pulpit

noun
pul·​pit | \ ˈpu̇l-ˌpit How to pronounce pulpit (audio) , ˈpəl-, -pət\

Definition of pulpit

1 : an elevated platform or high reading desk used in preaching or conducting a worship service
2a : the preaching profession
b : a preaching position

Examples of pulpit in a Sentence

Recent Examples on the Web Game is one of several former movement leaders who have left the pulpits of heterosexuality, come out as LGBTQ, and condemned conversion therapy as a dangerous and misleading practice. USA TODAY, "Cat burglar, prison bats, USS Arizona Memorial: News from around our 50 states," 4 Sep. 2019 Around the same time that Trump was speaking, New Jersey Sen. Cory Booker stood in the pulpit of a church that was the site of a mass shooting four years ago and argued that simply acknowledging white supremacy is insufficient. Philip Elliott, Time, "The Democratic Candidates Drew a Sharp Contrast With Trump's Response to Shootings," 7 Aug. 2019 From Iraqi custody, Mr. Eithawi offered the most detailed account of Mr. Baghdadi since the Islamic State leader took to the pulpit of a mosque in Mosul in the summer of 2014. Isabel Coles And, WSJ, "Prisoner Recounts Secret Meeting With ISIS Leader Baghdadi," 17 Aug. 2018 Over and over again, Spicer used his pulpit to bully the press and ignore the facts, maintaining a dangerous precedent of dishonesty that has remained a cornerstone of the Trump administration today, to increasingly horrifying effect. Caroline Framke, chicagotribune.com, "Column: Sean Spicer’s ‘Dancing With the Stars’ casting is a terrible, cynical ratings grab," 22 Aug. 2019 Using his pulpit and his access to the country through social media, mass communications, and the media. Lissandra Villa/el Paso, Time, "Beto O'Rourke Finds His Voice Helping El Paso Grieve," 11 Aug. 2019 After being on the side of boyish transgression, Albinati suddenly seems like the priest in the pulpit. Tim Parks, Harper's magazine, "Murder Italian Style," 19 Aug. 2019 When Falwell died in 2007 at age 73, his younger son, Jonathan, took over the pulpit at Thomas Road Baptist, and Jerry Jr. took over the university — an indication of where the heart of the ministry now was. Alec Macgillis/propublica, New York Times, "How Liberty University Built a Billion-Dollar Empire Online," 17 Apr. 2018 After the song, Melinda Pittman, a parishioner who has been at St. Francis for 30 years, took the pulpit. oregonlive.com, "Reverence and resistance in one of Portland’s oldest Catholic churches," 11 Aug. 2019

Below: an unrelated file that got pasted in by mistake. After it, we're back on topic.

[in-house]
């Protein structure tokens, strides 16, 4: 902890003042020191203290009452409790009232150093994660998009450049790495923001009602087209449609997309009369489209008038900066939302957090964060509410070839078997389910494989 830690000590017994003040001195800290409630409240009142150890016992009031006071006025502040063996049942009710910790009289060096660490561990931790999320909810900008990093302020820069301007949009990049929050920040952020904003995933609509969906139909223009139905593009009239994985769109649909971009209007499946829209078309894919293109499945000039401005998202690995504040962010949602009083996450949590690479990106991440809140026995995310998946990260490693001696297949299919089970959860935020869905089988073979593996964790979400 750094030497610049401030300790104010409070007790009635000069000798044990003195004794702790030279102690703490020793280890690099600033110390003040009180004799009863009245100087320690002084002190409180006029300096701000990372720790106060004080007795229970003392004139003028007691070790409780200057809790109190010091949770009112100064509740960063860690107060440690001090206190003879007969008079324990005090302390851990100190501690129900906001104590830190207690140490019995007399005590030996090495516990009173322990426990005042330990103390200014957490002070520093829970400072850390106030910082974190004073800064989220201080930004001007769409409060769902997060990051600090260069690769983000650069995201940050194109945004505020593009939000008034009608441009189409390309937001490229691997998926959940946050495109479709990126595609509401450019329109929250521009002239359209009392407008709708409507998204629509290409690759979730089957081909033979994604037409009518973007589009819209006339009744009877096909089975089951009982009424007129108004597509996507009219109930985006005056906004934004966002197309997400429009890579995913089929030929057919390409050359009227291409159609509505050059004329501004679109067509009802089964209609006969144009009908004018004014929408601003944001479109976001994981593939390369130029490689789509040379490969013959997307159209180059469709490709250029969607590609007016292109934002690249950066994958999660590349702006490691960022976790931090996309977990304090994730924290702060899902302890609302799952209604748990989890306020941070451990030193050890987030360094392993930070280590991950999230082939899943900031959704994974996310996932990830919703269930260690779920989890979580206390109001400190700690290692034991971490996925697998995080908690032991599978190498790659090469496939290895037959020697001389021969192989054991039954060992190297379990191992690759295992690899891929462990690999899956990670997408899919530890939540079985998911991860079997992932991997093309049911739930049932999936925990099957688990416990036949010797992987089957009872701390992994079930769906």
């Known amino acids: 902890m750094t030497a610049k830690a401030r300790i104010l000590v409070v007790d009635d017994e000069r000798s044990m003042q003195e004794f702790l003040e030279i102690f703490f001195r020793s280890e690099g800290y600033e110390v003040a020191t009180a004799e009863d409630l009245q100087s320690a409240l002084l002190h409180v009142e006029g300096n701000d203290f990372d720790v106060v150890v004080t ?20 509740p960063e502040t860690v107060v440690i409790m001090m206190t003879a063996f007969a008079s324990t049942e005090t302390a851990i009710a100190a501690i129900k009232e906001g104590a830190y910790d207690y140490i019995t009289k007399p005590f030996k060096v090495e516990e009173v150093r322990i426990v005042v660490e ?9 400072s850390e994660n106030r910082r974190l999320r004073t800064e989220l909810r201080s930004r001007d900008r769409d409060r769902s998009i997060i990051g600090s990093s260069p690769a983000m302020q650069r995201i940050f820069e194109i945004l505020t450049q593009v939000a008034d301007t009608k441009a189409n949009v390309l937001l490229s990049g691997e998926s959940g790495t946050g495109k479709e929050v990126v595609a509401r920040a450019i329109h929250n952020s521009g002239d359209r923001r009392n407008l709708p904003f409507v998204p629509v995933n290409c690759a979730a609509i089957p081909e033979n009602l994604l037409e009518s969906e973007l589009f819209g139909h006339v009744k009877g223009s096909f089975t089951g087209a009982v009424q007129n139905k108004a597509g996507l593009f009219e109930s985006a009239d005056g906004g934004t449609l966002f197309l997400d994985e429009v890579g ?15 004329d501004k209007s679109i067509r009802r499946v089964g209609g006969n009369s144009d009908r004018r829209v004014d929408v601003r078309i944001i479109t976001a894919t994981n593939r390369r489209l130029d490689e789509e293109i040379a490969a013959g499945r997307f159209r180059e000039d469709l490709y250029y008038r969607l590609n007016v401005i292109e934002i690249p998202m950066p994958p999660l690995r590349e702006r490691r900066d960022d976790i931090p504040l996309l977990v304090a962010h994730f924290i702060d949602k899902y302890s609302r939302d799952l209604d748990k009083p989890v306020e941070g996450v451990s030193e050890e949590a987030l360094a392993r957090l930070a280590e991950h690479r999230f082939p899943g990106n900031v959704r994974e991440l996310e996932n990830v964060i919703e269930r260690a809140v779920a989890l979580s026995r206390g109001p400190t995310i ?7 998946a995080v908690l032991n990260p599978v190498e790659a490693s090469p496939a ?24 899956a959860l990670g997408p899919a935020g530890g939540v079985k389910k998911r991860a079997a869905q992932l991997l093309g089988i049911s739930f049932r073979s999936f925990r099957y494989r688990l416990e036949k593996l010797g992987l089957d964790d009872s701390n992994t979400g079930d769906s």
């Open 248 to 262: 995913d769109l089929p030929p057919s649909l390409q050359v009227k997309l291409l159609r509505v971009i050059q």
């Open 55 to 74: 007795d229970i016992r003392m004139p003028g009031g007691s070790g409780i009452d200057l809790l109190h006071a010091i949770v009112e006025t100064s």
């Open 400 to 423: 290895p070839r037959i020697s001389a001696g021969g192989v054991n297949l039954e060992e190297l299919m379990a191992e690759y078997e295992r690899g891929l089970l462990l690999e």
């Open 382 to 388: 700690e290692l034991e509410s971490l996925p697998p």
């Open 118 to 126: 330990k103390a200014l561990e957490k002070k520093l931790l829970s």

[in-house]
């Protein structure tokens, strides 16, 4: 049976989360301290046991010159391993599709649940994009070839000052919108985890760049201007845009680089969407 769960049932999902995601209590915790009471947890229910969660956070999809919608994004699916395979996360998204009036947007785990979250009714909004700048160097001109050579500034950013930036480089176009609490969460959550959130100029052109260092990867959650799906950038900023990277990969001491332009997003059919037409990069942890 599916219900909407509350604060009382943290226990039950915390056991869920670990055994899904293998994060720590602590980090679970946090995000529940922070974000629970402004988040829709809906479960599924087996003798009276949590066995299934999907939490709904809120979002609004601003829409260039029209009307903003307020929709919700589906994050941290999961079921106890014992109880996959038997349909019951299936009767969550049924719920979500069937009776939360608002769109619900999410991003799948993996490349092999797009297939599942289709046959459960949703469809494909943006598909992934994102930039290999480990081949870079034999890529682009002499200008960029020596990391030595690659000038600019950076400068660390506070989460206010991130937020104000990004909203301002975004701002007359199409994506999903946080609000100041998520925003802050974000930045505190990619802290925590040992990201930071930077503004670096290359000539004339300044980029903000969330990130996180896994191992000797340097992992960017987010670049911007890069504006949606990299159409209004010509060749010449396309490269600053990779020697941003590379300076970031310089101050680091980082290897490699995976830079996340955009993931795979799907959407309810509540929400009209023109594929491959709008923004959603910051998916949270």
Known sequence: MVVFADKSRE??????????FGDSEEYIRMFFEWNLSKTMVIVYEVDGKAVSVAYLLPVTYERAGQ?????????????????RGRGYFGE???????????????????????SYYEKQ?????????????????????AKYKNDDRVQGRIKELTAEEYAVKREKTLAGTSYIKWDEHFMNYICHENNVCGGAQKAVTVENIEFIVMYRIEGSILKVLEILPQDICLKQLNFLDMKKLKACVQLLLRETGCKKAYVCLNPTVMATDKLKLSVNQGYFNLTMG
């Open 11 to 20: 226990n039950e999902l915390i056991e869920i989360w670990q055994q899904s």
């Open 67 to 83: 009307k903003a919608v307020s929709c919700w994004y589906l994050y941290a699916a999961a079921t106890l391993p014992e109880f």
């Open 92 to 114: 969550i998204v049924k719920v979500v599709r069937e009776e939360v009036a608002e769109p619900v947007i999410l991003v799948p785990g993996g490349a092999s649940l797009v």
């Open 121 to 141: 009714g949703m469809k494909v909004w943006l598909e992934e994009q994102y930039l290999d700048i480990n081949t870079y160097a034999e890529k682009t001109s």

These example sentences are selected automatically from various online news sources to reflect current usage of the word 'pulpit.' Views expressed in the examples do not represent the opinion of Merriam-Webster or its editors. Send us feedback.

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First Known Use of pulpit

14th century, in the meaning defined at sense 1

History and Etymology for pulpit

Middle English, from Anglo-French, from Late Latin pulpitum, from Latin, staging, platform

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Statistics for pulpit

Last Updated

26 Oct 2019

Time Traveler for pulpit

The first known use of pulpit was in the 14th century

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More Definitions for pulpit

pulpit

noun
How to pronounce pulpit (audio)

English Language Learners Definition of pulpit

: a raised platform where a priest or minister stands when leading a worship service

pulpit

noun
pul·​pit | \ ˈpu̇l-ˌpit How to pronounce pulpit (audio) \

Kids Definition of pulpit

1 : a raised place in which a clergyman stands while preaching or conducting a religious service
2 : the profession of preachers

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Comments on pulpit

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